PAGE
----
After Bitcoin officially launched in 2009, a number of other cryptocurrency projects launched similar concepts. Most used some variation on the Bitcoin code, usually with minor changes to the rules of the network. While their creators were usually outspoken software developers or enthusiasts within the online community, these new forms of currency quickly took hold. It became apparent that experimentation in this sector could be quite profitable.
After the 2009 launch, Bitcoin was operating with a network of nodes willingly running the same software. The software had been distributed over the popular file sharing website Github, so changes to the code were discussed on moderated internet forums. Nodes on the network could then choose whether to run the new code, ensuring that no one person could take control. New ideas quickly began to circulate and even contradict one another, so more formal governance standards were implemented.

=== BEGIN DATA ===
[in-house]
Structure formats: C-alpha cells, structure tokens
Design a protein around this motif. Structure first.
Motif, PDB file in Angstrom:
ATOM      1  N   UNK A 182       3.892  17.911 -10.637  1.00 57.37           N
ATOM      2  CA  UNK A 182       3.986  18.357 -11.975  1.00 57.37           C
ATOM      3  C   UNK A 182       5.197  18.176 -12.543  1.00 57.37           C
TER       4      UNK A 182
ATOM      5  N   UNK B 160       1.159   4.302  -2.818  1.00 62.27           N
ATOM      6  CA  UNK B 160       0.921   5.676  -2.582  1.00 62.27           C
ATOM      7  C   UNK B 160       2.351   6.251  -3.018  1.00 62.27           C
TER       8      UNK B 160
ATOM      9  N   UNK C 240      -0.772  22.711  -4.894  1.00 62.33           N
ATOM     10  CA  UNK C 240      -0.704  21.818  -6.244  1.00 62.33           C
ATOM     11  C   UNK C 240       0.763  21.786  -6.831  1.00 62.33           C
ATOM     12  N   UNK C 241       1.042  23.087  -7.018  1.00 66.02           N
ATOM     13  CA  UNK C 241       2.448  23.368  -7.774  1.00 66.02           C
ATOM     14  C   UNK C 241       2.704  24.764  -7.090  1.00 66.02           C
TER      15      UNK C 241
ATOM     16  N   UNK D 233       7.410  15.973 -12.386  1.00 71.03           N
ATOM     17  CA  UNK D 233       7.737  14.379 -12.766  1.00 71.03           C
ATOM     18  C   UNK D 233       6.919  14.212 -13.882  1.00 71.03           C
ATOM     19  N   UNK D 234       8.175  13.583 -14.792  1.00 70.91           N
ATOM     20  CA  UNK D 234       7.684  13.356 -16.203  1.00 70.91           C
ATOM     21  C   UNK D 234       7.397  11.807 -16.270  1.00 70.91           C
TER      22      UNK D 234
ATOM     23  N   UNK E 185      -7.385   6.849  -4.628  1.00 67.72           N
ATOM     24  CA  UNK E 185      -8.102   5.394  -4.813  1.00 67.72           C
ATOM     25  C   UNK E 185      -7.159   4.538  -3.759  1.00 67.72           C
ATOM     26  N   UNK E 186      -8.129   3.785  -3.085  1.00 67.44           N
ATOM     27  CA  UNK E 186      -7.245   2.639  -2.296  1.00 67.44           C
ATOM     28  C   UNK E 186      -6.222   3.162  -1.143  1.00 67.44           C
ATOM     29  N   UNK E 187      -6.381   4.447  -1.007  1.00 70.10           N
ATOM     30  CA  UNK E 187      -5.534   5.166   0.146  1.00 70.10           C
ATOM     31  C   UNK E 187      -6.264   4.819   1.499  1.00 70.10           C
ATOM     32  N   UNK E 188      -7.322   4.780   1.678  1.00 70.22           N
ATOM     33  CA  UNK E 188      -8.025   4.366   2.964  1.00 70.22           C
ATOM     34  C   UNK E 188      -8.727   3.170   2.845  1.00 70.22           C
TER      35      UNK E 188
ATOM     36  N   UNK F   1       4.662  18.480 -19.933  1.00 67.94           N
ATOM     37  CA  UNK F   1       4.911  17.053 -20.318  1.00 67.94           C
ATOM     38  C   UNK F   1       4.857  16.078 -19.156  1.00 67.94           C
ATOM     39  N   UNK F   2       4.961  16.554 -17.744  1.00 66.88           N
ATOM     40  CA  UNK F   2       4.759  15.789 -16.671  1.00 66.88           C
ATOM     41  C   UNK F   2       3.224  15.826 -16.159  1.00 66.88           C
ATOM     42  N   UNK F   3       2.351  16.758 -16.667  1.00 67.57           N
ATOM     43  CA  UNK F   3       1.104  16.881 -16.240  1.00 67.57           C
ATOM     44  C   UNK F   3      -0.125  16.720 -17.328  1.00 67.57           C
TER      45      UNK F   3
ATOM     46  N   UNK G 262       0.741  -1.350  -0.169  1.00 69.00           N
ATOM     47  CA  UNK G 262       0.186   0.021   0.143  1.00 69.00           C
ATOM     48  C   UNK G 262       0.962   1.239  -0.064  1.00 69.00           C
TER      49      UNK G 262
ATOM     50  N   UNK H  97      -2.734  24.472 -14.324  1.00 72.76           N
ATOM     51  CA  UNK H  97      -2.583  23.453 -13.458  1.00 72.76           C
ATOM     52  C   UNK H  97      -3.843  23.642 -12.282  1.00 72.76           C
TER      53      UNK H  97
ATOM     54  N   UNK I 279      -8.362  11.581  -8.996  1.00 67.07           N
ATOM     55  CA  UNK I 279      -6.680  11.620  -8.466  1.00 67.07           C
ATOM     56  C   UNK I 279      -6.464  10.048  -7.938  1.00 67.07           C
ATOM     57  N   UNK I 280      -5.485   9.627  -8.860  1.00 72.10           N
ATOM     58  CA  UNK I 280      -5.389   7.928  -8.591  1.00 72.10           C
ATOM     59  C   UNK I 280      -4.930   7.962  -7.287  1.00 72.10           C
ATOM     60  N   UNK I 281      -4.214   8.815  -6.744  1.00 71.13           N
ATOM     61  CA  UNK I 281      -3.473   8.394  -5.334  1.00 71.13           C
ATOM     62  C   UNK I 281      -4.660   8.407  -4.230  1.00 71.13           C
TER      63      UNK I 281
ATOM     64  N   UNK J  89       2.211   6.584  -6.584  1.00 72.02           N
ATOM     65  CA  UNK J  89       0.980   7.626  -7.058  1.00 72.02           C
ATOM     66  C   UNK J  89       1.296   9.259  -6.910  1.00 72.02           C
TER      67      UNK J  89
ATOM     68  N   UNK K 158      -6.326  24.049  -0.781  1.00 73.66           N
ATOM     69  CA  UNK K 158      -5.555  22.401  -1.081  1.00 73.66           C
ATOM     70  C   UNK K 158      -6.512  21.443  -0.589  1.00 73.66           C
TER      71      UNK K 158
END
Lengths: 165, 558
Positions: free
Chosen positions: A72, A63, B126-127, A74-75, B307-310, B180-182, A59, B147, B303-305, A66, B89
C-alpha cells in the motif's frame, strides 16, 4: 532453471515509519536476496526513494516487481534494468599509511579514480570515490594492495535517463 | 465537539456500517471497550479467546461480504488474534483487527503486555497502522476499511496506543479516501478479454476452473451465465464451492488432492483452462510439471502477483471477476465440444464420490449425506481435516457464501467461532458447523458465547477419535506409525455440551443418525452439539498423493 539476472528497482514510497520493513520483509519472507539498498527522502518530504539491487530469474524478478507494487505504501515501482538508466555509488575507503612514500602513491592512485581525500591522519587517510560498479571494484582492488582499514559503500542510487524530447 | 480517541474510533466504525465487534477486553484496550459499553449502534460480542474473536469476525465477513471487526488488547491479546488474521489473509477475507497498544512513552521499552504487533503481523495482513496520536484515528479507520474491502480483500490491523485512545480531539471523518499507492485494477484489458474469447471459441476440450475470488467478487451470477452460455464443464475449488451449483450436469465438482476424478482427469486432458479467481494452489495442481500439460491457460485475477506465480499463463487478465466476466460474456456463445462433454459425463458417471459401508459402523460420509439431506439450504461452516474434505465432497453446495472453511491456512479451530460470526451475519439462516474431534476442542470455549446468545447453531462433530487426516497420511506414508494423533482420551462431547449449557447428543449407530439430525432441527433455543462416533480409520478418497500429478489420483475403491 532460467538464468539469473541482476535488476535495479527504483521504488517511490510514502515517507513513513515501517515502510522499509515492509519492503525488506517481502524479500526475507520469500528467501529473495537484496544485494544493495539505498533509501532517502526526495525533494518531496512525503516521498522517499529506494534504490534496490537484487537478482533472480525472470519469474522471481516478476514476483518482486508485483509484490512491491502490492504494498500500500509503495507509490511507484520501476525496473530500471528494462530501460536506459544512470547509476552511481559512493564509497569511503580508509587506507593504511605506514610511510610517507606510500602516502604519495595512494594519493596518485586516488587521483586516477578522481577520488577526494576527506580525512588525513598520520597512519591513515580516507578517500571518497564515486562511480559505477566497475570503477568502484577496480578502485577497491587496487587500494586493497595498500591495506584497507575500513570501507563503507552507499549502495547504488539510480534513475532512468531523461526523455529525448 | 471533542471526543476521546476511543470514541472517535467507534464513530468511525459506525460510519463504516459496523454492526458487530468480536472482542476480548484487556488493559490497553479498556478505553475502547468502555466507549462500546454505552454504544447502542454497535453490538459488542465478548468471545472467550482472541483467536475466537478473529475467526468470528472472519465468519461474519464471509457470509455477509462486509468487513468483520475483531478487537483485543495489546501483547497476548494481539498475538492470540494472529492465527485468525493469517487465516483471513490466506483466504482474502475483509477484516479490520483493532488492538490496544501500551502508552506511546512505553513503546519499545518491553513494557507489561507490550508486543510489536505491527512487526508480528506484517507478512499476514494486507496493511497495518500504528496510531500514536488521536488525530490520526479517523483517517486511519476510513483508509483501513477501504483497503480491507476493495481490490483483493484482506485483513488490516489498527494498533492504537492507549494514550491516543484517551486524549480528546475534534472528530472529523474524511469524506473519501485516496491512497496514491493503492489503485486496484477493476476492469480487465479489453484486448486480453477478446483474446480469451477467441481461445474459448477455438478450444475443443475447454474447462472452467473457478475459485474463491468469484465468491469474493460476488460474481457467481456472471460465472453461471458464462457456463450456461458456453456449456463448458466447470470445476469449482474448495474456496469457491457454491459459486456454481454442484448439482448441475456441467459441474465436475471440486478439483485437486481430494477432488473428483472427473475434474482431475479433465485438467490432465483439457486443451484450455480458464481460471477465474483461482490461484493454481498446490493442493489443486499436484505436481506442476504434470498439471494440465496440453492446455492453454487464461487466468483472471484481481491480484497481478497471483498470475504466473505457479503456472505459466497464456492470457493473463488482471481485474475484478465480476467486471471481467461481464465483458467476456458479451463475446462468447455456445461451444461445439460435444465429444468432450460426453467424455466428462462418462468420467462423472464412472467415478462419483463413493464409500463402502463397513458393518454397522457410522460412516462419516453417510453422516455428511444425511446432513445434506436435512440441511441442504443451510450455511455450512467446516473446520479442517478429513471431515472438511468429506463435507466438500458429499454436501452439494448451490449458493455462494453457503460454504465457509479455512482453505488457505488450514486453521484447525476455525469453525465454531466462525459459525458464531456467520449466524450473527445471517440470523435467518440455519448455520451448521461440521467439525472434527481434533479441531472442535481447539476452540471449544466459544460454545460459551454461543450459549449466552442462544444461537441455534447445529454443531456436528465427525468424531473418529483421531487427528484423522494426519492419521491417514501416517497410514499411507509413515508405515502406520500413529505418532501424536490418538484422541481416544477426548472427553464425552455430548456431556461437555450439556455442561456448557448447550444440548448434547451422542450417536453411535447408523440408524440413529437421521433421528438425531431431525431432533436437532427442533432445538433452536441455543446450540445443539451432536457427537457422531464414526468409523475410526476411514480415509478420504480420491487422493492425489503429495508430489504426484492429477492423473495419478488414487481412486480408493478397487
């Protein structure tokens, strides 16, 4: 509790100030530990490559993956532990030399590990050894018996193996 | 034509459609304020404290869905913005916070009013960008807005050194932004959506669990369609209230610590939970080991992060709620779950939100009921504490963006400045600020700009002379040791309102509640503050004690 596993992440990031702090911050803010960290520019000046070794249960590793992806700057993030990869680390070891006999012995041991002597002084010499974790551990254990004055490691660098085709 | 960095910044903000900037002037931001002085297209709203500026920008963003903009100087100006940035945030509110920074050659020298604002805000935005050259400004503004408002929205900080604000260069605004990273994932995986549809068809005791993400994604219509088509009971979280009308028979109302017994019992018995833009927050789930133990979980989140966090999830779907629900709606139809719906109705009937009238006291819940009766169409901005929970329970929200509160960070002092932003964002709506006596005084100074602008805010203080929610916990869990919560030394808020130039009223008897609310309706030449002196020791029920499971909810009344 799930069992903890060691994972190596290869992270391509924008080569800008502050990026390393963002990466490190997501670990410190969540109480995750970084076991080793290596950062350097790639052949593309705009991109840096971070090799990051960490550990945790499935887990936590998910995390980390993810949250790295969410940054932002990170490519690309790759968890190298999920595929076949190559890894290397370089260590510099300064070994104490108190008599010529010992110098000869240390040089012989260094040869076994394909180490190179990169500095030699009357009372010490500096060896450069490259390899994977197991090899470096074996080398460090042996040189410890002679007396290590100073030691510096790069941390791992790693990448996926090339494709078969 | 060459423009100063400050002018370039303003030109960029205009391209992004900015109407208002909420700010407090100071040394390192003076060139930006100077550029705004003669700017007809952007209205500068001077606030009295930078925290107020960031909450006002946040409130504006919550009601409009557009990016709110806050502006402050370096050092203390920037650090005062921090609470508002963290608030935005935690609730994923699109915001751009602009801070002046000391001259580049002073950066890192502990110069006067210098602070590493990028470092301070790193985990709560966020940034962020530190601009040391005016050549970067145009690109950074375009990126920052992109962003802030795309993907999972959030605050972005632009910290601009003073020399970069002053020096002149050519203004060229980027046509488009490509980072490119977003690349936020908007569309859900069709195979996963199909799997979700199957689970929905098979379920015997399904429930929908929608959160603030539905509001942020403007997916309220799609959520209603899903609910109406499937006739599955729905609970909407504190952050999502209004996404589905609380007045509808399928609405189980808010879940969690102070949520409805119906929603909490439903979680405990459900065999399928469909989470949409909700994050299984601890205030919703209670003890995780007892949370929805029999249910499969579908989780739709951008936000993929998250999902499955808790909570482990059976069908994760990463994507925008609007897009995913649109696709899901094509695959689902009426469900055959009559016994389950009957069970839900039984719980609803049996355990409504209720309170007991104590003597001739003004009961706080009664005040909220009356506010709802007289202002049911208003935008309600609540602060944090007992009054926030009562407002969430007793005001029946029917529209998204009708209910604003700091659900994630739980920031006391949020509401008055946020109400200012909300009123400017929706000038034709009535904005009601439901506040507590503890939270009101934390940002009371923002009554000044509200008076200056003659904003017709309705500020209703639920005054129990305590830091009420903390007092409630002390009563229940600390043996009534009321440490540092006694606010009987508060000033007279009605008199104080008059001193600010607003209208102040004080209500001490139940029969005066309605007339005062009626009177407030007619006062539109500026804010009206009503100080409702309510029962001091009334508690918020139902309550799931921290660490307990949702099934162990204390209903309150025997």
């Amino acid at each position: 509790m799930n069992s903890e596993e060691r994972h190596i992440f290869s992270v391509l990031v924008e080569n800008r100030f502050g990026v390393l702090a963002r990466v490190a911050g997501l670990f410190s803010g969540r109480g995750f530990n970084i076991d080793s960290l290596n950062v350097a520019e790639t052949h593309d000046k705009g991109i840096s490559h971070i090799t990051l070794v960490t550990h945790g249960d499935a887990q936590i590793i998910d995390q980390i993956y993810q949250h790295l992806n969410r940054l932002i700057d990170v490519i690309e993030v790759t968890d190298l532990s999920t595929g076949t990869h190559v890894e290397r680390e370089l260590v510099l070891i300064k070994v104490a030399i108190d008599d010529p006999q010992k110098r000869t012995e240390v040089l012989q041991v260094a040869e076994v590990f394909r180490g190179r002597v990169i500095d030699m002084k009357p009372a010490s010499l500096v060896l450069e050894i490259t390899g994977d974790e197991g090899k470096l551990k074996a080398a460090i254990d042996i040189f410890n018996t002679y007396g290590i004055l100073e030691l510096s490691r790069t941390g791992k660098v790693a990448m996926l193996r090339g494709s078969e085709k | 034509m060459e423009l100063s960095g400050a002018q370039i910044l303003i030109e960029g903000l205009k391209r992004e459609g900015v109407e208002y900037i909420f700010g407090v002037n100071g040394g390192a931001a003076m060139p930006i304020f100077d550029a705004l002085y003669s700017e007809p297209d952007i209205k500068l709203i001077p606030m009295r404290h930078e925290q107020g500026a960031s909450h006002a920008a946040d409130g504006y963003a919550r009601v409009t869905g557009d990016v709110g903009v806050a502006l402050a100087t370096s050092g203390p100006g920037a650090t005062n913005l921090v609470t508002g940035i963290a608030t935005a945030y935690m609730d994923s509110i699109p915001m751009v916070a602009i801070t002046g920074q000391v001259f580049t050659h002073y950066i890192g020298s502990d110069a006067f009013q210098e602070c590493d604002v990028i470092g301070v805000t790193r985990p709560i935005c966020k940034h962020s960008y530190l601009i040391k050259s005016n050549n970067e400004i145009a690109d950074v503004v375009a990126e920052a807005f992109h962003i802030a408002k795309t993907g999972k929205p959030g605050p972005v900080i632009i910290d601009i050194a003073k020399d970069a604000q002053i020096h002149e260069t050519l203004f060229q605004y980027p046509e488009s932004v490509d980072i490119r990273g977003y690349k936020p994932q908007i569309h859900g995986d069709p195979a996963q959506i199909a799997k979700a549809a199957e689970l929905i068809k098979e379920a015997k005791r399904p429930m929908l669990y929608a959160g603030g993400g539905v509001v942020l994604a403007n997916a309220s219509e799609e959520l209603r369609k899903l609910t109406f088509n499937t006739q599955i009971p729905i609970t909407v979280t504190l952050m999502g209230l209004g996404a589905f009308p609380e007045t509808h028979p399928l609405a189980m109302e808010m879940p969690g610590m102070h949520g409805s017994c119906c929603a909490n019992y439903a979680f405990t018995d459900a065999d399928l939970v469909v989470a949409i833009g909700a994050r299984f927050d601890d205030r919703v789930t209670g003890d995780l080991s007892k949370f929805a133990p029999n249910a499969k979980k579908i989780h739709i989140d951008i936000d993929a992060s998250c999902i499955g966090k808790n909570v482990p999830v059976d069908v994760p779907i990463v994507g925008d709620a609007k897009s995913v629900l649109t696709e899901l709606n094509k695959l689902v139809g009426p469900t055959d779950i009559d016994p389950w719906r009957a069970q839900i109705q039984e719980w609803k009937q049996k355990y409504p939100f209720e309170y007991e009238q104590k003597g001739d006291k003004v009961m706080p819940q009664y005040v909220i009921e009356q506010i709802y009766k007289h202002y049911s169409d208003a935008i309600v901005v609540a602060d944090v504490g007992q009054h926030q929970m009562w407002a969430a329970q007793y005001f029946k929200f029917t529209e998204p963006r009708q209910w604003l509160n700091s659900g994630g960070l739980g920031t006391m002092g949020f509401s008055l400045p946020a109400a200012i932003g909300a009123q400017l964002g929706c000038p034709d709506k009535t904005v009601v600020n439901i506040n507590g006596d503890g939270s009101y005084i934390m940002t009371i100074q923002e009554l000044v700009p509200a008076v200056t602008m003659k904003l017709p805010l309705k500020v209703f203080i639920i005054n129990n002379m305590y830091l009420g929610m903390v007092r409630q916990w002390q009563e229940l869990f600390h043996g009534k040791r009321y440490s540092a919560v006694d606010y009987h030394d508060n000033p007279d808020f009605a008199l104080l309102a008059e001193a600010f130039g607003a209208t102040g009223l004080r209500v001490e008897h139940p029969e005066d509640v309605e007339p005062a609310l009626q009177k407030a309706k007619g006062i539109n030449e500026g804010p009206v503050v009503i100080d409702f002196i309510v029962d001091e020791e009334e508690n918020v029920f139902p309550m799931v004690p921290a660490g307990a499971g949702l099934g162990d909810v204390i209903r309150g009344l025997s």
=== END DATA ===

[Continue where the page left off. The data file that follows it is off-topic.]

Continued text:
During the early part of 2014, developers began to propose new ways that the chain could be used. Among them, the idea of colored coins circulated. This concept proposed that the transaction data which was stored on the blockchain could be used to attribute value in units other than Bitcoin, which some consider to be the first altcoins. In the next lesson, we’ll explore how this idea was adapted to create the modern idea of blockchain systems.